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STL@CIN: Latos fans five over seven strong innings

CINCINNATI -- Mat Latos did it again.

Facing the Cardinals for the third time this season, Latos delivered yet another solid outing, guiding the Reds to a 4-2 win in front of a sellout crowd of 40,740 at Great American Ball Park on Saturday.

"That's a great lineup," Latos said. "They used to kick the crap out of me pretty good, but this year I've adjusted to them."

Latos -- who allowed just one earned run in 12 innings in his first two starts against St. Louis -- was effective, though not quite as dominant, on Saturday.

All eight Cardinals position players got a hit off Latos, as David Freese (18 games), Matt Carpenter (17 games), Allen Craig (12 games) and Carlos Beltran (nine games) all extended their hitting streaks by the fourth inning. Craig's hit came in the third inning on a two-out infield single -- a slow roller up the middle -- that gave the Cardinals a 2-1 lead. Latos, however, didn't allow another run. He struck out five, walked none and threw 66 of his 97 pitches for strikes.

"Every time we face him, he pitches different," Beltran said of Latos. "One day it seems like he throws a lot of cutters, sliders inside. Some days it's just fastball, curveball away. He's mixing it up pretty good. Today, to me, he threw me sliders, backdoor. Normally, I don't see those pitches from him, but he was keeping me off balance."

Latos now has a career 3.02 ERA in Cincinnati -- the lowest among pitchers with at least 10 starts at Great American Ball Park.

"In San Diego, I could whip sliders down the middle and pitch up in the zone and get away with it for the most part," Latos said. "Here, you can't do that. You can't have lapses."

Catcher Devin Mesoraco offered an even simpler explanation.

"The guy can pitch," Mesoraco said. "It's not any kind of crazy, different thing that he does here. He just goes out there and executes. I think you could put him in Williamsport [Pa., home of the Little League World Series] and he's going to be a pretty good pitcher."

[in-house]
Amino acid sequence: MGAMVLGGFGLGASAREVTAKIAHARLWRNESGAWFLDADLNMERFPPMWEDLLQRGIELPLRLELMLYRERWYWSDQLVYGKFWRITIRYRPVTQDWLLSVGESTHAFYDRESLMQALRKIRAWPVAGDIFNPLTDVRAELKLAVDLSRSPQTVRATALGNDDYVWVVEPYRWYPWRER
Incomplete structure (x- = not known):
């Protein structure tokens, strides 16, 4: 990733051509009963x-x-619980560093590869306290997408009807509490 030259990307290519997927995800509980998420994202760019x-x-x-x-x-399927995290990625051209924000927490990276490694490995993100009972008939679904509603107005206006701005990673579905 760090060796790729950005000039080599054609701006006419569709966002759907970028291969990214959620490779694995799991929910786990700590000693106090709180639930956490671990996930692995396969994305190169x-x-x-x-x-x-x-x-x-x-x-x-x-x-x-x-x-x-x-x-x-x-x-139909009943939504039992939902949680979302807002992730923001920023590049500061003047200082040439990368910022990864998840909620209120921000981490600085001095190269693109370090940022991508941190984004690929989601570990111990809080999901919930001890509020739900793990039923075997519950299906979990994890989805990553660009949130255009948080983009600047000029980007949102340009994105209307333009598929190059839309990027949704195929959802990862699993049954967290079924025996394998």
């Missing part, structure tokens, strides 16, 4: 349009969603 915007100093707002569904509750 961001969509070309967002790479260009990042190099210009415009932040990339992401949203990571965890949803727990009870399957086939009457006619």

Whatever it is, the Reds will take it.

One night after watching the Cardinals pound 16 hits, score nine runs and take a season-high four-game lead in the National League Central standings, Latos' start couldn't have come at a better time.

The Reds' offense, meanwhile, finally showed signs of life. Cincinnati had been outscored 31-8 in its previous six games against the Cardinals, failing to score more than two runs in any game.

Saturday was different.

Jay Bruce and Mesoraco both hit solo home runs off St. Louis starter Tyler Lyons, who allowed four runs on six hits in 5 1/3 innings.

Bruce's solo shot tied the game at 1 in the second, while Mesoraco's tied the game at 2 in the fifth. Bruce's homer traveled 382 feet, Mesoraco's traveled 386.

"It was a fastball out over the plate," Mesoraco said. "I wasn't sure if it was going to go out or not, but it had just enough."

Derrick Robinson, who was moved to second in the order before the game, led off the sixth with his first career double. Joey Votto doubled him home three pitches later, and Mesoraco's bases-loaded RBI single capped the scoring at 4-2.

Mesoraco seemed more excited about his single than his homer.

"I was pretty fired up," he said. "I haven't had great success up until that point this year with guys on base, so to come through in that situation, that was a good moment for me."

The defense also chipped in, as Bruce and Shin-Soo Choo both made dazzling, warning-track catches in the sixth inning. Choo robbed Yadier Molina of at least a double, while Bruce made a leaping grab near the wall to rob Freese of a potential homer.

"He amazed me with that catch," Latos said of Bruce. "I didn't even know what to say when I was out there on the mound."

The Reds had several opportunities to blow the game open, but couldn't cash in. They left the bases loaded in both the sixth and the seventh.

"I was hoping we could've blown it open," Reds manager Dusty Baker said. "We've got to find a way, especially against offensive teams, to pick up those RBIs. You're really putting a lot of pressure on your pitching staff to have to come through."

They did.

Aroldis Chapman allowed two hitters to reach, but notched his 16th save of the season. Even more important, perhaps, Jonathan Broxton pitched a scoreless eighth inning -- a welcome sight for the Reds. Broxton has coughed up the lead in three starts by Latos (6-0), who hasn't lost since Game 5 of last year's NLDS to the Giants and 20 regular-season starts.

The Reds have won eight of Latos' last nine starts.

"That's just Mat," Mesoraco said. "He's a very high-quality pitcher, and he knows it."

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